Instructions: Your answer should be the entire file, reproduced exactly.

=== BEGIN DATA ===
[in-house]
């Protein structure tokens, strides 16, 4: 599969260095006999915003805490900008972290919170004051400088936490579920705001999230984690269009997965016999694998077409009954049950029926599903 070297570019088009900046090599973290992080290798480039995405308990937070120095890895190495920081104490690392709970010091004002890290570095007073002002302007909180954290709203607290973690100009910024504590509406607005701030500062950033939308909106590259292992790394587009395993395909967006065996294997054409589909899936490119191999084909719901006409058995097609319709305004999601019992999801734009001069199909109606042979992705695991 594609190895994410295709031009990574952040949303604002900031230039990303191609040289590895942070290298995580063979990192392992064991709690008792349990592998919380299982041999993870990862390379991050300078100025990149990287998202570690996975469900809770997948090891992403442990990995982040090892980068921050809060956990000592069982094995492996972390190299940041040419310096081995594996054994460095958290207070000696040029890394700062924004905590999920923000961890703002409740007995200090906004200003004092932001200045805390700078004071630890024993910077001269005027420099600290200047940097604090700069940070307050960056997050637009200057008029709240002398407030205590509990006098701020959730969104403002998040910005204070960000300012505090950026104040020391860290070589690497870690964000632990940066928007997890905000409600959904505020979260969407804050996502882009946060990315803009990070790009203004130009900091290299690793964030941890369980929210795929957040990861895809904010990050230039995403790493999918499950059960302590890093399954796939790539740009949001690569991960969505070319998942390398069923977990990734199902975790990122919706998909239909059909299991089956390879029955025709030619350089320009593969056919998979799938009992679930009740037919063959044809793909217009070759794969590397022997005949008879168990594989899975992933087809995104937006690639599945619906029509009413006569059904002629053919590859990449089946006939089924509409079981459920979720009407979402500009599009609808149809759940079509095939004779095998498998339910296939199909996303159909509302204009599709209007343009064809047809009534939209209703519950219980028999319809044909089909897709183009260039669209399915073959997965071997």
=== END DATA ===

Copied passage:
[in-house]
């Protein structure tokens, strides 16, 4: 599969260095006999915003805490900008972290919170004051400088936490579920705001999230984690269009997965016999694998077409009954049950029926599903 070297570019088009900046090599973290992080290798480039995405308990937070120095890895190495920081104490690392709970010091004002890290570095007073002002302007909180954290709203607290973690100009910024504590509406607005701030500062950033939308909106590259292992790394587009395993395909967006065996294997054409589909899936490119191999084909719901006409058995097609319709305004999601019992999801734009001069199909109606042979992705695991 594609190895994410295709031009990574952040949303604002900031230039990303191609040289590895942070290298995580063979990192392992064991709690008792349990592998919380299982041999993870990862390379991050300078100025990149990287998202570690996975469900809770997948090891992403442990990995982040090892980068921050809060956990000592069982094995492996972390190299940041040419310096081995594996054994460095958290207070000696040029890394700062924004905590999920923000961890703002409740007995200090906004200003004092932001200045805390700078004071630890024993910077001269005027420099600290200047940097604090700069940070307050960056997050637009200057008029709240002398407030205590509990006098701020959730969104403002998040910005204070960000300012505090950026104040020391860290070589690497870690964000632990940066928007997890905000409600959904505020979260969407804050996502882009946060990315803009990070790009203004130009900091290299690793964030941890369980929210795929957040990861895809904010990050230039995403790493999918499950059960302590890093399954796939790539740009949001690569991960969505070319998942390398069923977990990734199902975790990122919706998909239909059909299991089956390879029955025709030619350089320009593969056919998979799938009992679930009740037919063959044809793909217009070759794969590397022997005949008879168990594989899975992933087809995104937006690639599945619906029509009413006569059904002629053919590859990449089946006939089924509409079981459920979720009407979402500009599009609808149809759940079509095939004779095998498998339910296939199909996303159909509302204009599709209007343009064809047809009534939209209703519950219980028999319809044909089909897709183009260039669209399915073959997965071997």